The gaming industry’s largest trade group said Wednesday it will spend 2016 determining if “a rational alternative” exists to the nation’s current sports wagering laws, which legally allows the activity to take place in just four states.
New York’s attorney general said Tuesday daily fantasy sports was illegal gambling and ordered the popular websites DraftKings and FanDuel to immediately stop accepting wagers in the state.
Nevada daily fantasy sports players found their access to the largest providers shut down Friday, less than 24 hours after the Nevada Gaming Control Board told the operators their businesses violate state gaming law.
Nevada gaming regulators banned unlicensed daily fantasy sports websites from providing their product to Silver State customers, saying the activity constitutes sports wagering.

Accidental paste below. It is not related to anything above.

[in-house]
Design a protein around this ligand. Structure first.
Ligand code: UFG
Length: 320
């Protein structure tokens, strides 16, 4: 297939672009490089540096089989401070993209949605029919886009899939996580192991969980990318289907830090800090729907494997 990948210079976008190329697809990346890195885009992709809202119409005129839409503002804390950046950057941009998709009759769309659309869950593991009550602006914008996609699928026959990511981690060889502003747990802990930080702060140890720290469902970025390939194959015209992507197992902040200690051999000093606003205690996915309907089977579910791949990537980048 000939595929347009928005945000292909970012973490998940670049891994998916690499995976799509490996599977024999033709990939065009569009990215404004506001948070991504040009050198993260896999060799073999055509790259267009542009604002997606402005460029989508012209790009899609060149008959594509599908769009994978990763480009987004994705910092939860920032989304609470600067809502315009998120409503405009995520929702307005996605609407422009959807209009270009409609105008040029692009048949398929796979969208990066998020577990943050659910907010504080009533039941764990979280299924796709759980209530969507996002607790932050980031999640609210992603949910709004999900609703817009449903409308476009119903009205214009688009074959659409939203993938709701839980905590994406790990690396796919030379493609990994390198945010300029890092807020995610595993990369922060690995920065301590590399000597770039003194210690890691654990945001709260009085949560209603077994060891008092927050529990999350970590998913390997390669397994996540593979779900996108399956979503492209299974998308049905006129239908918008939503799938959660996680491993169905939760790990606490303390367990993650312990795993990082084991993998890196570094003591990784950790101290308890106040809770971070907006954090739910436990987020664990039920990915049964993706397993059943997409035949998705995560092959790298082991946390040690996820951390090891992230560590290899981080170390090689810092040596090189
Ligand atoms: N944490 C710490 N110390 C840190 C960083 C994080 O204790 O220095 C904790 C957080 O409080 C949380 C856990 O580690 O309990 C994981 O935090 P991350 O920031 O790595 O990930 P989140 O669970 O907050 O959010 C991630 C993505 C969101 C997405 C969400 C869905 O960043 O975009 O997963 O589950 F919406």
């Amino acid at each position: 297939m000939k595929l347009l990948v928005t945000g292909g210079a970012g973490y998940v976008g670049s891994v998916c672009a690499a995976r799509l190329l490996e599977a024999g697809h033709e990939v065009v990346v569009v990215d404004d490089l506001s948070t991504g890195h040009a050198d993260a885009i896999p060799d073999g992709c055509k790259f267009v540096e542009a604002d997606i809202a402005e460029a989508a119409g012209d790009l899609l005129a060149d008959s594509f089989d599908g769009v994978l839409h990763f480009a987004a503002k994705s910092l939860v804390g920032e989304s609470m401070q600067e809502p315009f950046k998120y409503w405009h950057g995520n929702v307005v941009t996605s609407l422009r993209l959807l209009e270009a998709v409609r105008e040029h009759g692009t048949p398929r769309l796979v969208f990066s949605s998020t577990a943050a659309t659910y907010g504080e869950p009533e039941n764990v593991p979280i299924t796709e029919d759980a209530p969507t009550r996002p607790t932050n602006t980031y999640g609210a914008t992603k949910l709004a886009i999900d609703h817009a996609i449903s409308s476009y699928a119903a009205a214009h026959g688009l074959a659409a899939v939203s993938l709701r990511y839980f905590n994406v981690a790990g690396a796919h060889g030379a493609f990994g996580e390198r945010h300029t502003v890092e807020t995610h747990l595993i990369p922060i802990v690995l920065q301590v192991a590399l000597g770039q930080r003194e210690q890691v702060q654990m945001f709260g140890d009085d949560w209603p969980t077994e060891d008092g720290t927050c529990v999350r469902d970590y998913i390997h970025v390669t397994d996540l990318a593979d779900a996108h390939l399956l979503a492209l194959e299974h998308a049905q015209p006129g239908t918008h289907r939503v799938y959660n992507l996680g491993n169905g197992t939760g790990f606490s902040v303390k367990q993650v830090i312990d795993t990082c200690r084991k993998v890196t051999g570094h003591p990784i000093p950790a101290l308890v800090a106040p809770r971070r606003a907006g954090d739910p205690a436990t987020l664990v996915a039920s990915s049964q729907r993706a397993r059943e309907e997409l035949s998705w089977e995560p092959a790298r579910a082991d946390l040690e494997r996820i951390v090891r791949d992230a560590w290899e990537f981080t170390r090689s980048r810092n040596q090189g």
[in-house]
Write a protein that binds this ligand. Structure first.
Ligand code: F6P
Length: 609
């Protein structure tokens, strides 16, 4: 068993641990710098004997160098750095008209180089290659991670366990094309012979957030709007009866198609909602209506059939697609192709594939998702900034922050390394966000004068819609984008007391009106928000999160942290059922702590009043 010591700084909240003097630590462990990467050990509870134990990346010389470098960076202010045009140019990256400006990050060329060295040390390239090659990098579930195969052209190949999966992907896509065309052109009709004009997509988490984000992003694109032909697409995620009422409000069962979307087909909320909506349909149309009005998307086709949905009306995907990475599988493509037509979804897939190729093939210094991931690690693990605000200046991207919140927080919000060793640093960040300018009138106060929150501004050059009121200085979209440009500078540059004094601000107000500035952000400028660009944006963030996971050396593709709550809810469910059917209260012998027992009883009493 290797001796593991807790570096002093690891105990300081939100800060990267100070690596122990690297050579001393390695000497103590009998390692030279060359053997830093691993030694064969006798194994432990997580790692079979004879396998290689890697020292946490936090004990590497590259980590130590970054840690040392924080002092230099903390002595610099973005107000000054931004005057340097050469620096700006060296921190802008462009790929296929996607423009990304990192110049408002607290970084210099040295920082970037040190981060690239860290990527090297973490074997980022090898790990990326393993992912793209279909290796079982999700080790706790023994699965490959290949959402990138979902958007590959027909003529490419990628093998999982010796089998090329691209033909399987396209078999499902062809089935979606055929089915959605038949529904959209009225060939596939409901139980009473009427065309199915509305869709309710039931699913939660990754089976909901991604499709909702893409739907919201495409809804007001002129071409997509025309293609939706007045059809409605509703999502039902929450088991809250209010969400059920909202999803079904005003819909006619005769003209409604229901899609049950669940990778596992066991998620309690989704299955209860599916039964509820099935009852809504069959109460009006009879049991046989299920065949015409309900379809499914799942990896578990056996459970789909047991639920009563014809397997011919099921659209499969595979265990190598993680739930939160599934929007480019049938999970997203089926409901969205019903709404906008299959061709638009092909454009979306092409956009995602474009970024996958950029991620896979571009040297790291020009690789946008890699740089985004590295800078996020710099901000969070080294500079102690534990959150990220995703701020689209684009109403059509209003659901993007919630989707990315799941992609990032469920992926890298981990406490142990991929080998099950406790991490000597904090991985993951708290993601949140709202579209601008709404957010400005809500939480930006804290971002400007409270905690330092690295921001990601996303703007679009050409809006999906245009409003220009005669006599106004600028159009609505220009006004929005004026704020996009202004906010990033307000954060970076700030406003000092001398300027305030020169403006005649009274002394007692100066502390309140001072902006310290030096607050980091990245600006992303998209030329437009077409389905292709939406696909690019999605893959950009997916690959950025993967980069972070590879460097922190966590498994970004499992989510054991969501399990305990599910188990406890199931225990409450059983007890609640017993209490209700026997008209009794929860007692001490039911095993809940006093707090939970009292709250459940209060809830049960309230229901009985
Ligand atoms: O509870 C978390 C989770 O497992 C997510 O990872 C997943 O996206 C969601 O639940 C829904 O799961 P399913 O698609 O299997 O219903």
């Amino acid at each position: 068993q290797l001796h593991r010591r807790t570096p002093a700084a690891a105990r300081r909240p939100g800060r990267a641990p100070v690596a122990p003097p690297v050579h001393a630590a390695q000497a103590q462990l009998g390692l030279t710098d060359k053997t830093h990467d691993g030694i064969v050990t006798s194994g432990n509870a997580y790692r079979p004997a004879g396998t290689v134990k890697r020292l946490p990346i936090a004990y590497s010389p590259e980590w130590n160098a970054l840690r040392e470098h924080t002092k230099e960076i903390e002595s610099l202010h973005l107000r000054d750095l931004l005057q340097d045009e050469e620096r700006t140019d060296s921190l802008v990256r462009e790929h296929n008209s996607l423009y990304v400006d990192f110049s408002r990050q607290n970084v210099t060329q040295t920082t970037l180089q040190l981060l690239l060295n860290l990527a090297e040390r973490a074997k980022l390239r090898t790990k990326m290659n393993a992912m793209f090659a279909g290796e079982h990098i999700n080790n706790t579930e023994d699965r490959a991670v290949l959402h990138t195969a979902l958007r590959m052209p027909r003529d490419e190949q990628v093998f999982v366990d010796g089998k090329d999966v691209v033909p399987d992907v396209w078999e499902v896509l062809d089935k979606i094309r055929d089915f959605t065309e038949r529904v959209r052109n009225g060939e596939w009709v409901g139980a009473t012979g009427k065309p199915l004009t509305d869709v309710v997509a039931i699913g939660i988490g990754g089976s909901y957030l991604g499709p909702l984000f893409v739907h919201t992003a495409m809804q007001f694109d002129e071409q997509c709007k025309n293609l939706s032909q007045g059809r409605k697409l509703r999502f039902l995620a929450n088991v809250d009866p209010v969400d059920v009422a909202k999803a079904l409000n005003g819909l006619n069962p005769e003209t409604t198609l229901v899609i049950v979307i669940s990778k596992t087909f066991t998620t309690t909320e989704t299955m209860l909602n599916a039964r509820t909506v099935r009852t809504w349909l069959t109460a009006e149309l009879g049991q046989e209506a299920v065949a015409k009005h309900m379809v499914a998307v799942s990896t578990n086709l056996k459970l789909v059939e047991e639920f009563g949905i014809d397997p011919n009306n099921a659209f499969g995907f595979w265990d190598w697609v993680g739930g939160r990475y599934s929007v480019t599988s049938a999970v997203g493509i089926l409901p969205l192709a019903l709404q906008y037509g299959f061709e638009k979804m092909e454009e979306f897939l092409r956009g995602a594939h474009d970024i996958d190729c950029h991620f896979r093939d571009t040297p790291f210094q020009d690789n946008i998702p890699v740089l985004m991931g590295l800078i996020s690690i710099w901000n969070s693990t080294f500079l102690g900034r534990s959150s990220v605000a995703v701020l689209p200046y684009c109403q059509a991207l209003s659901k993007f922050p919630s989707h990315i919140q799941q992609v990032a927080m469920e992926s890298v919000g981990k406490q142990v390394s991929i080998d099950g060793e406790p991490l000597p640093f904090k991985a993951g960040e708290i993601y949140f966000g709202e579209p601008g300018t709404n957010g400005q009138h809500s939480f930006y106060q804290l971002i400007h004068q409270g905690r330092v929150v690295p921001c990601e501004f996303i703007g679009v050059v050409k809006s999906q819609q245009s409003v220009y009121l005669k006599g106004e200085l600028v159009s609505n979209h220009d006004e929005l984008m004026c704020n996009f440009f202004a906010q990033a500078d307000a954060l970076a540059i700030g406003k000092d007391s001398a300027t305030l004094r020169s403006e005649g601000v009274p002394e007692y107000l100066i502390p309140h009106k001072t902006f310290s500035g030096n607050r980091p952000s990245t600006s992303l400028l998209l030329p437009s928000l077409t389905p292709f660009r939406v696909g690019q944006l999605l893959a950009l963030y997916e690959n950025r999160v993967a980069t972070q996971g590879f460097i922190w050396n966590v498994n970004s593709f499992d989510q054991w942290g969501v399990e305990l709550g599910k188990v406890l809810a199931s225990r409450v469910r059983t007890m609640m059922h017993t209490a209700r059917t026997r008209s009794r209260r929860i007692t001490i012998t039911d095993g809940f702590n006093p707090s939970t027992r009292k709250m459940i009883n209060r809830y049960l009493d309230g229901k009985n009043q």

A U.S. appeals court on Wednesday agreed to review its previous decision blocking legal sports betting in New Jersey, in a case closely watched by other states wishing to legalize such gambling.
There is a reason Nevada’s gaming industry has avoided getting involved in the estimated $15 billion a year online fantasy sports business. Most — but not all — believe the growing activity constitutes unregulated gambling.
Two bills backed by the Nevada sports betting industry that could lead to an increase in the $3.9 billion already wagered annually in the state’s sports books were signed into law by Gov. Brian Sandoval.
The proposal would let bookmakers place betting lines on Olympic sporting or athletic events sanctioned by the International Olympic Committee.
National Hockey League Commissioner Gary Bettman said Tuesday in Las Vegas the league has not taken a position on legalizing sports wagering.